James Davison should have been parked by his team prior to his lap 45 shunt that ended his race and that of defending champion Takuma Sato. Failing that, IndyCar should have black flagged the Australian for his dangerous lack of pace as he wrestled with a complete pig of a car.

Neither did the right thing and the result was an accident that could have been a whole lot worse.

There were echoes of Scott Dixon’s terrifying shunt in last year’s Indy 500 as Sato ran over the back of the slowing Davison. Thankfully the Japanese did not get airborne but the accident was a timely reminder.

There is romance about the history of the Indy 500 and the ‘run what ya brung’ philosophy but it has no place in modern IndyCar. 35 entrants made for a welcome return of Bump Day but it could have been at a significant cost. IndyCar should be more demanding in terms of which ‘Indy 500 only’ teams it does and does not allow to participate. Even if that means losing Bump Day once more.

Zero – Marco Andretti

Sunday was another cut and paste job for Marco: potential, completely unfulfilled. Andretti once more was fairly anonymous in the Indy 500 field, finishing in the no-man’s land of 12th place.

While Andretti was mired in the midfield, Ryan Hunter-Reay was running at the sharp end of the field for most of the race. Alexander Rossi was of course going back to front with his high-side, high-wire balancing act and part-timer Carlos Munoz was reminding everyone how good he is.

Perhaps next year’s 50th anniversary of the last time an Andretti drove to victory lane – Mario’s 1969 win – will be when Marco finally gets his act together. Or we might just dig this back out the archive and repost it in 12 months time.

Race rating – 3 out of 5

The 102nd Indy 500 is unlikely to gain a place amongst the most memorable editions of the greatest spectacle in motor racing. Nevertheless there was enough intrigue over varying fuel strategies, whether Rossi could become the lowest qualifying winner in history or if Carpenter or Power would take the checkered flag.

102nd Indianapolis 500 – final result

1. (3) Will Power, Chevrolet, 200, Running

2. (1) Ed Carpenter, Chevrolet, 200, Running
3. (9) Scott Dixon, Honda, 200, Running
4. (32) Alexander Rossi, Honda, 200, Running
5. (14) Ryan Hunter-Reay, Honda, 200, Running
6. (2) Simon Pagenaud, Chevrolet, 200, Running
7. (21) Carlos Munoz, Honda, 200, Running
8. (4) Josef Newgarden, Chevrolet, 200, Running
9. (18) Robert Wickens, Honda, 200, Running
10. (30) Graham Rahal, Honda, 200, Running
11. (27) JR Hildebrand, Chevrolet, 200, Running
12. (12) Marco Andretti, Honda, 200, Running
13. (11) Matheus Leist, Chevrolet, 200, Running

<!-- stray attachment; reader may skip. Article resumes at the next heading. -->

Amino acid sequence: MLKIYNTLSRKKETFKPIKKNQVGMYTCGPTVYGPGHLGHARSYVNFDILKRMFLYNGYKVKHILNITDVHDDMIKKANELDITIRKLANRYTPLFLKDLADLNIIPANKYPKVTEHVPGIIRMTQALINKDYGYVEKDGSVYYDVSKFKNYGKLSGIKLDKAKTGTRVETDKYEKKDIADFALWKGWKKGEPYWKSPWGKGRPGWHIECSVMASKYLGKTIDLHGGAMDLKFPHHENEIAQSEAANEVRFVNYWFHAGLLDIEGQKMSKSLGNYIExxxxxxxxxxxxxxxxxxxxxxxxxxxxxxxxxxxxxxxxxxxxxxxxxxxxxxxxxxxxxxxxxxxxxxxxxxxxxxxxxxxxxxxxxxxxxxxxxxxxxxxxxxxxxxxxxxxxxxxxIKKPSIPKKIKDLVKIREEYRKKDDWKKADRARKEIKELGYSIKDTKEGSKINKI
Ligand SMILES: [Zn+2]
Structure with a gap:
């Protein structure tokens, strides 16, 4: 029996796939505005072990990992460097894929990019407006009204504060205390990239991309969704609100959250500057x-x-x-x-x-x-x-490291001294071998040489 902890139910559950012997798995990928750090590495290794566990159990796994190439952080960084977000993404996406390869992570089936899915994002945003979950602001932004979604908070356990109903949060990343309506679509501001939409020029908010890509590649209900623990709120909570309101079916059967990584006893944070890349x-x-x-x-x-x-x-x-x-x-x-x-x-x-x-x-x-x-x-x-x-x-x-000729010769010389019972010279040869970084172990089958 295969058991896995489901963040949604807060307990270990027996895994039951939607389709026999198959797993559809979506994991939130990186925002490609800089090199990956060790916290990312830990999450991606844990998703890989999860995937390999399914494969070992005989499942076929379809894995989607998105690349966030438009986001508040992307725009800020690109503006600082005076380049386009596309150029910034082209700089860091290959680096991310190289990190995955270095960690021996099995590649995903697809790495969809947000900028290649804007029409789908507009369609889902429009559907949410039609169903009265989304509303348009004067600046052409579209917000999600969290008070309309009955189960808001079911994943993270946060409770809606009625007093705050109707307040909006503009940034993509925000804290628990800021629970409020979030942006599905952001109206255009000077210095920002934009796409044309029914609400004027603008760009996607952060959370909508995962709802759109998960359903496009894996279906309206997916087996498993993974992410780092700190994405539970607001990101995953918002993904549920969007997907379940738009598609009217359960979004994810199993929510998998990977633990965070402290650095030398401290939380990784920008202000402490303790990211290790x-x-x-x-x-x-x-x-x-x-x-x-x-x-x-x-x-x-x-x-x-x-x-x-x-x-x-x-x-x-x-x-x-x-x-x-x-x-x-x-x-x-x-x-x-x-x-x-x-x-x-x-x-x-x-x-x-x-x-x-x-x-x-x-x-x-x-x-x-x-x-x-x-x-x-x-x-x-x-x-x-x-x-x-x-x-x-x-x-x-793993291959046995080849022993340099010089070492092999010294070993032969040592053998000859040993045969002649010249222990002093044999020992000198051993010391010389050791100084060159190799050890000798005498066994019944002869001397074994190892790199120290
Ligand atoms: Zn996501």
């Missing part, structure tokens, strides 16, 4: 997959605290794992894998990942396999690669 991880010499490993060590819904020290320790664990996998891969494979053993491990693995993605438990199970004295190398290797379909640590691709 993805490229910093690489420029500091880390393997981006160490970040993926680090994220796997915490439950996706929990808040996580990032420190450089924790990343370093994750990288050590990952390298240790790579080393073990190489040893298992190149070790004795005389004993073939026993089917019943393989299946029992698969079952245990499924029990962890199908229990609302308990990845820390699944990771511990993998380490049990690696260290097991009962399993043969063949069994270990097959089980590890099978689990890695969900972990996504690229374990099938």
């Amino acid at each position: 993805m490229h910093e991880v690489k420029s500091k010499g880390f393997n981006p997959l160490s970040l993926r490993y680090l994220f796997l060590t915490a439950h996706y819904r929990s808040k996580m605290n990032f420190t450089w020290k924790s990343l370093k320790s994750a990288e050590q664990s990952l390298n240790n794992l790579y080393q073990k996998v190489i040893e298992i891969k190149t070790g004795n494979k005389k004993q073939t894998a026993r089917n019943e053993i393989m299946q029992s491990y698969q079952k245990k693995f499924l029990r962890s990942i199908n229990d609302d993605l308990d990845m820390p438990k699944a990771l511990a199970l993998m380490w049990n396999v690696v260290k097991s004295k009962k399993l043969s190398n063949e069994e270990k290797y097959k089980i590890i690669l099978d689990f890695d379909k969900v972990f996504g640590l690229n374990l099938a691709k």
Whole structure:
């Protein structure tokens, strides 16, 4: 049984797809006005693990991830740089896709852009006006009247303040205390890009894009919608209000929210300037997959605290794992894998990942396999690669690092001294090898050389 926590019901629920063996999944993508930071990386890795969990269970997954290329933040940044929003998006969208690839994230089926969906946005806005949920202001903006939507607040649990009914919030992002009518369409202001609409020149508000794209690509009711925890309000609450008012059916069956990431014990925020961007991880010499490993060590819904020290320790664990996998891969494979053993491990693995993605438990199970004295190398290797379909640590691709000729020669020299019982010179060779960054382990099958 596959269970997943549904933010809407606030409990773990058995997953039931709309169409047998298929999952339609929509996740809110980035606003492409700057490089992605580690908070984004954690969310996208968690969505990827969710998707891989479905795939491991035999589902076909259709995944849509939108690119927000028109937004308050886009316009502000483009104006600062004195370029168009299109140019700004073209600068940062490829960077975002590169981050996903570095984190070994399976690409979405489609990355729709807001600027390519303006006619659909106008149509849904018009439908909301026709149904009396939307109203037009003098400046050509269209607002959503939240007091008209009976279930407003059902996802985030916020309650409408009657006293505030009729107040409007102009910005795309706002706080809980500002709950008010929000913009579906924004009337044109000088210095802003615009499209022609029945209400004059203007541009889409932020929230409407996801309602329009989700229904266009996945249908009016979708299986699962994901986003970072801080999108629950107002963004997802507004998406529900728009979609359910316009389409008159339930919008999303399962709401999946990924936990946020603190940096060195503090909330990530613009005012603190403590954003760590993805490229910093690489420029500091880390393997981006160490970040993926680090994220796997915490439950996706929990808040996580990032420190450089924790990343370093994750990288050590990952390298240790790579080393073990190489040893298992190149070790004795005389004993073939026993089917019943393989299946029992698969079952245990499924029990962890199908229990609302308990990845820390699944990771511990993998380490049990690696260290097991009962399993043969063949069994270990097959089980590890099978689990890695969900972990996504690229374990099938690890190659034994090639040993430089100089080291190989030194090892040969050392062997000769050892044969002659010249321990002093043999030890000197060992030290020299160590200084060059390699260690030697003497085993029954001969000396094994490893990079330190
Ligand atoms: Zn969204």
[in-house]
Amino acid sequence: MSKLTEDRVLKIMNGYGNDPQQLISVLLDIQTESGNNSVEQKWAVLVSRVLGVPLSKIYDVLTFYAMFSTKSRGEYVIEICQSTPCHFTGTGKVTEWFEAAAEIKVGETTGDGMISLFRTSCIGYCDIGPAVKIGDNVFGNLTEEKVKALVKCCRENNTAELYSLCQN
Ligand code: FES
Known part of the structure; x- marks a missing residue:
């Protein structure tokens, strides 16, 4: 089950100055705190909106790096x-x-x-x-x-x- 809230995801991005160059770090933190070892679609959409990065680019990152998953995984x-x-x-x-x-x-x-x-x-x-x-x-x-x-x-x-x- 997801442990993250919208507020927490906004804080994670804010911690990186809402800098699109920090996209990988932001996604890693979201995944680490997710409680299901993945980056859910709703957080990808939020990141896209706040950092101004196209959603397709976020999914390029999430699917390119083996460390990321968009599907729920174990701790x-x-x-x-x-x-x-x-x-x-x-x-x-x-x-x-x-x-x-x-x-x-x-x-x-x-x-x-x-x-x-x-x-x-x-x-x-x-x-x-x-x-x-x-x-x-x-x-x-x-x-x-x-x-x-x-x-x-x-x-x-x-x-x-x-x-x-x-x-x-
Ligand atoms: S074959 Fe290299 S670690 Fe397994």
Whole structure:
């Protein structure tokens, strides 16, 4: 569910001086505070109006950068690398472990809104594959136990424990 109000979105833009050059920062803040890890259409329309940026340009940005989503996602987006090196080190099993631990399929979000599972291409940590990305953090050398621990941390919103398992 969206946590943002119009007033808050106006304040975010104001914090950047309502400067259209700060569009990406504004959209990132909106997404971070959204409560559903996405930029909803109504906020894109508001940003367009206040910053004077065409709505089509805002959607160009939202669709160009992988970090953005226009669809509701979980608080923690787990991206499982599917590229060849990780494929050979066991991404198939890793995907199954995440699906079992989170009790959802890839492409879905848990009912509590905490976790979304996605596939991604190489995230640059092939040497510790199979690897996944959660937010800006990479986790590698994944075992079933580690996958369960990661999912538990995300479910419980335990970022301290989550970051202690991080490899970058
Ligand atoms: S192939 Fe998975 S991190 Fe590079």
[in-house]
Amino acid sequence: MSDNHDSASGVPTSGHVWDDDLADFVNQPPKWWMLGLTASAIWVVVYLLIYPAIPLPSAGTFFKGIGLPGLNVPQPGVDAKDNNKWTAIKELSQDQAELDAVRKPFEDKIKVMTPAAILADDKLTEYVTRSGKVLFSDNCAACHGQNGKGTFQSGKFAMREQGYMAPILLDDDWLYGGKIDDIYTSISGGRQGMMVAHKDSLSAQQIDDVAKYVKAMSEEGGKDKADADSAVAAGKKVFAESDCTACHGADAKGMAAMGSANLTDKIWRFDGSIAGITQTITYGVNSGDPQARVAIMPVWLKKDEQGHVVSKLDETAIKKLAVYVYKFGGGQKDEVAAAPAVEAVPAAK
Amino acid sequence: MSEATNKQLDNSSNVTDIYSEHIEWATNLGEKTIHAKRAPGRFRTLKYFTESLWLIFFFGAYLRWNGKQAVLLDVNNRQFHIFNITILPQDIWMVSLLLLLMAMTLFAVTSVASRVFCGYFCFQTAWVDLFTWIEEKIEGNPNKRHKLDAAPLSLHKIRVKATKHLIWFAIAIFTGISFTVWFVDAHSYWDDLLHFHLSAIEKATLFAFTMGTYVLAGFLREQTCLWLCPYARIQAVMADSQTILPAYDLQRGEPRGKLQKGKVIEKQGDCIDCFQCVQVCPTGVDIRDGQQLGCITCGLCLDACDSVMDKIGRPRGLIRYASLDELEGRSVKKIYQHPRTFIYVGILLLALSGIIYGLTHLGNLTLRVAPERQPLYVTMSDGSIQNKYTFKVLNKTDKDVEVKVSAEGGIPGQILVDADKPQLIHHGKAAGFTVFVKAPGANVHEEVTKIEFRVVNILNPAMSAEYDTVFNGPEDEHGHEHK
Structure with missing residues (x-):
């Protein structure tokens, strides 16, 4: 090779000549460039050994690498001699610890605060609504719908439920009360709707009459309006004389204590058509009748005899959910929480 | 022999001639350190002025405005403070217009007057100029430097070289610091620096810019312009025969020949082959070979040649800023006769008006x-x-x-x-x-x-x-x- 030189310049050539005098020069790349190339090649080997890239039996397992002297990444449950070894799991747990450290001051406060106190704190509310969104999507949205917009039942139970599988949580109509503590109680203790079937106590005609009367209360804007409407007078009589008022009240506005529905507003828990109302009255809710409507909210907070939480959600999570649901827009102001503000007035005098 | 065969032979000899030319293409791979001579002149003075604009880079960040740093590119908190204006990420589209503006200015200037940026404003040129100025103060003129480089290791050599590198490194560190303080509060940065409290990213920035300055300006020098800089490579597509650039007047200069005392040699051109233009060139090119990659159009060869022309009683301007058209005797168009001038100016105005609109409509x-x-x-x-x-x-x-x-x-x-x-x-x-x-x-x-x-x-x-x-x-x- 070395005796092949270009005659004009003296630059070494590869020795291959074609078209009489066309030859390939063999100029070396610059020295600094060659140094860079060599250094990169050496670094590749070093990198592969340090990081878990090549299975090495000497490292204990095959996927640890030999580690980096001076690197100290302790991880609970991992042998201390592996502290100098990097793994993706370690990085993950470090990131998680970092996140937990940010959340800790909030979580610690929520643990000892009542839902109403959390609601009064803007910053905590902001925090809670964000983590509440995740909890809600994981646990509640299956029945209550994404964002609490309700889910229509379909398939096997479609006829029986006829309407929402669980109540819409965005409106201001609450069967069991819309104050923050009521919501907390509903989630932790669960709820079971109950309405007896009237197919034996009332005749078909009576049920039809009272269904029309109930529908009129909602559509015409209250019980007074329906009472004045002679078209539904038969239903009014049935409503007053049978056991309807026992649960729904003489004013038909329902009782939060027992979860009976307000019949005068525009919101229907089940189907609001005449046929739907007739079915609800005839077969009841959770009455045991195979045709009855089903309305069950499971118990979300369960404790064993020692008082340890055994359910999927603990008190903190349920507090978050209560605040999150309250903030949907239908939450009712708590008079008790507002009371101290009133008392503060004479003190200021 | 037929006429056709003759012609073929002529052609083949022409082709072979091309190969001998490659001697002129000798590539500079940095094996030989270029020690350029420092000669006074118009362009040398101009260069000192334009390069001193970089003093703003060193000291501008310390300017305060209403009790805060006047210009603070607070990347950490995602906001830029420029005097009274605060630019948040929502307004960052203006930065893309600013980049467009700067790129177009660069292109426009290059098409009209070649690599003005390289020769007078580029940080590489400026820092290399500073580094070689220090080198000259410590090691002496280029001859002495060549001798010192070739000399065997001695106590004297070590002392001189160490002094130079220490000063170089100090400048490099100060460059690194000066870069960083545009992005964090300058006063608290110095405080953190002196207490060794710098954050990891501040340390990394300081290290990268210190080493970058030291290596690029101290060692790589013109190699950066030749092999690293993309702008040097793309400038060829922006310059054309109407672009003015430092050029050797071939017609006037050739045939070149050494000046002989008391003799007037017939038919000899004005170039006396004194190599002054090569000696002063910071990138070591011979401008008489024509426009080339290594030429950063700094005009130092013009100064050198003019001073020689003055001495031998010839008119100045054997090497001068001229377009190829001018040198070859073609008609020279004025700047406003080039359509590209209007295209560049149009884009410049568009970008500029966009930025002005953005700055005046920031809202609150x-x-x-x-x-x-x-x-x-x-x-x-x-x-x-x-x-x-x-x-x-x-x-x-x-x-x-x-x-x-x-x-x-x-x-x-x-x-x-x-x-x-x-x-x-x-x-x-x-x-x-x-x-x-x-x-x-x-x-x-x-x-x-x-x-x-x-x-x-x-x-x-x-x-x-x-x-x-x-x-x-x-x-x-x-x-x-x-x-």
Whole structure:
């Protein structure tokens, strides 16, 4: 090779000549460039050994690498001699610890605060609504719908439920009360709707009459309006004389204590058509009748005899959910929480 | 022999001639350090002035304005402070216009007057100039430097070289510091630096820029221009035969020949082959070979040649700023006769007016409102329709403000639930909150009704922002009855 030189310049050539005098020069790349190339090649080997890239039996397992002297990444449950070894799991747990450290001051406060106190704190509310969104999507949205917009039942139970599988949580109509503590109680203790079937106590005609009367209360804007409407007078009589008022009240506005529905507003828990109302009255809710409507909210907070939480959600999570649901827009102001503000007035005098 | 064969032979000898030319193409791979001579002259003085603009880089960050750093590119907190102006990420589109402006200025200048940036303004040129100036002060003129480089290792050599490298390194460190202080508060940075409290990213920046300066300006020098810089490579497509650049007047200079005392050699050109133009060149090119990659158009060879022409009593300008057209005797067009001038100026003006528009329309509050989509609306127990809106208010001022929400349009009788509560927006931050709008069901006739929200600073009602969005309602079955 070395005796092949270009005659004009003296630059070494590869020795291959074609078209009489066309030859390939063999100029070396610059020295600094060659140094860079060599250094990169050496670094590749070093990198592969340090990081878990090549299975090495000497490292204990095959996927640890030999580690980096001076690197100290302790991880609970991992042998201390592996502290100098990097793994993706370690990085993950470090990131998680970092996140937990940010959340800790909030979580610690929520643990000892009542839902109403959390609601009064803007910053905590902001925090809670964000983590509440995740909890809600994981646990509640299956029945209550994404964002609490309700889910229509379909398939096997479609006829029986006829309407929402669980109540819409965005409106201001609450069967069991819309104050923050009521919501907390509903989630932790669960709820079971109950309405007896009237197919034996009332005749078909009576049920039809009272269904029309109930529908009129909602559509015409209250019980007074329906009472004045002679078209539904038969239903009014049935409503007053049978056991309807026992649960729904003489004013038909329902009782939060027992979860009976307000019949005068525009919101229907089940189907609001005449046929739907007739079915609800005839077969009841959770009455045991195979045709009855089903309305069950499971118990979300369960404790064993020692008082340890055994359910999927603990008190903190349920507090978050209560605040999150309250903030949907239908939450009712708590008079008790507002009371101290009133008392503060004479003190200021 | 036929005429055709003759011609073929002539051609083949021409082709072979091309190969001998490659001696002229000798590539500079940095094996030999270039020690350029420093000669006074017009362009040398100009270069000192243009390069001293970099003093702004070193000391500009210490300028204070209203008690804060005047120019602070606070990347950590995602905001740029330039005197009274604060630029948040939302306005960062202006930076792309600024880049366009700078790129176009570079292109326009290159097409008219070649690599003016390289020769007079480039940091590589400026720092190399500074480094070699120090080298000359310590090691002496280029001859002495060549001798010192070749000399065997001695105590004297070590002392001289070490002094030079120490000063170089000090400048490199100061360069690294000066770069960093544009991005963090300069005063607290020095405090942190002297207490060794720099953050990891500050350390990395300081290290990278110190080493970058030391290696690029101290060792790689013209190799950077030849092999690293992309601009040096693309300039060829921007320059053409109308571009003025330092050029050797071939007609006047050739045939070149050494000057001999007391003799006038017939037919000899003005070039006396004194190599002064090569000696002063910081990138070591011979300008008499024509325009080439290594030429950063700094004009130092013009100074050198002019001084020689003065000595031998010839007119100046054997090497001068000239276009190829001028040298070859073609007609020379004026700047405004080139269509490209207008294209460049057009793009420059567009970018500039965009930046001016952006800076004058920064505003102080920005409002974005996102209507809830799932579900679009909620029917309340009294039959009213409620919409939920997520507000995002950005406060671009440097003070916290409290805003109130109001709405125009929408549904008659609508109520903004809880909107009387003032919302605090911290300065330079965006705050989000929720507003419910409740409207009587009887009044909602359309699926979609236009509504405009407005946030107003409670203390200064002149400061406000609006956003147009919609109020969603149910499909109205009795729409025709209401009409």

14. (22) Gabby Chaves, Chevrolet, 200, Running
15. (23) Stefan Wilson, Honda, 200, Running
16. (31) Jack Harvey, Honda, 200, Running
17. (26) Oriol Servia, Honda, 200, Running
18. (15) Charlie Kimball, Chevrolet, 200, Running
19. (13) Zachary Claman De Melo, Honda, 199, Running
20. (6) Spencer Pigot, Chevrolet, 199, Running
21. (33) Conor Daly, Honda, 199, Running
22. (20) Max Chilton, Chevrolet, 198, Running
23. (25) Zach Veach, Honda, 198, Running
24. (28) Jay Howard, Honda, 193, Running
25. (10) Tony Kanaan, Chevrolet, 187, Contact
26. (24) Sage Karam, Chevrolet, 154, Contact
27. (8) Helio Castroneves, Chevrolet, 145, Contact
28. (5) Sebastien Bourdais, Honda, 137, Contact
29. (17) Kyle Kaiser, Chevrolet, 110, Mechanical
30. (7) Danica Patrick, Chevrolet, 67, Contact
31. (29) Ed Jones, Honda, 57, Contact
32. (16) Takuma Sato, Honda, 46, Contact
33. (19) James Davison, Chevrolet, 45, Contact

Race Statistics
Winner’s average speed: 166.935 mph
Time of Race: 2:59:42.6365
Margin of victory: 3.1589 seconds
Cautions: 7 for 41 laps
Lead changes: 30 among 15 drivers

Lap Leaders:
Carpenter, Ed 1 – 30
Newgarden, Josef 31
Pigot, Spencer 32 – 34
Carpenter, Ed 35 – 50
Claman De Melo, Zachary 51 – 55
Carpenter, Ed 56 – 62
Kanaan, Tony 63 – 64
Carpenter, Ed 65 – 72
Kanaan, Tony 73 – 89
Carpenter, Ed 90 – 91
Power, Will 92 – 94
Servia, Oriol 95
Bourdais, Sebastien 96
Rahal, Graham 97 – 105
Claman De Melo, Zachary 106 – 107
Power, Will 108 – 128
Hunter-Reay, Ryan 129
Bourdais, Sebastien 130 – 132
Newgarden, Josef 133 – 134
Rahal, Graham 135 – 137
Munoz, Carlos 138 – 140
Power, Will 141 – 170
Carpenter, Ed 171 – 172
Rossi, Alexander 173
Pagenaud, Simon 174
Munoz, Carlos 175
Servia, Oriol 176 – 177
Wickens, Robert 178 – 179
Servia, Oriol 180 – 192
Wilson, Stefan 193 – 195
Power, Will 196 – 200

Verizon IndyCar Series point standings:
Power 243, Rossi 241, Newgarden 233, Dixon 218, Hunter-Reay 186, Rahal 183, Wickens 178, Bourdais 168, Pagenaud 155, James Hinchliffe 144.

One Comment Add yours

  1. This writer who wrote that “run what ya brung” has no place in modern IndyCar should be asked if the literal miles of empty stands has a definite place, because that’s what qualifying looks like ever since they illegalized custom chassis and introduced the worthless Dallara spec (“governing body issued car”) chassis format. Overtaking a much slower car is only dangerous in a car that gets unstable around other cars, which is something that only spec racing forces on literally everyone simultaneously. Indy is about different ideas and chassis and engines competing to determine who is best, and anyone who disagrees should go and compare the old floods of crowds to the modern trickle and see how people vote witb their feet.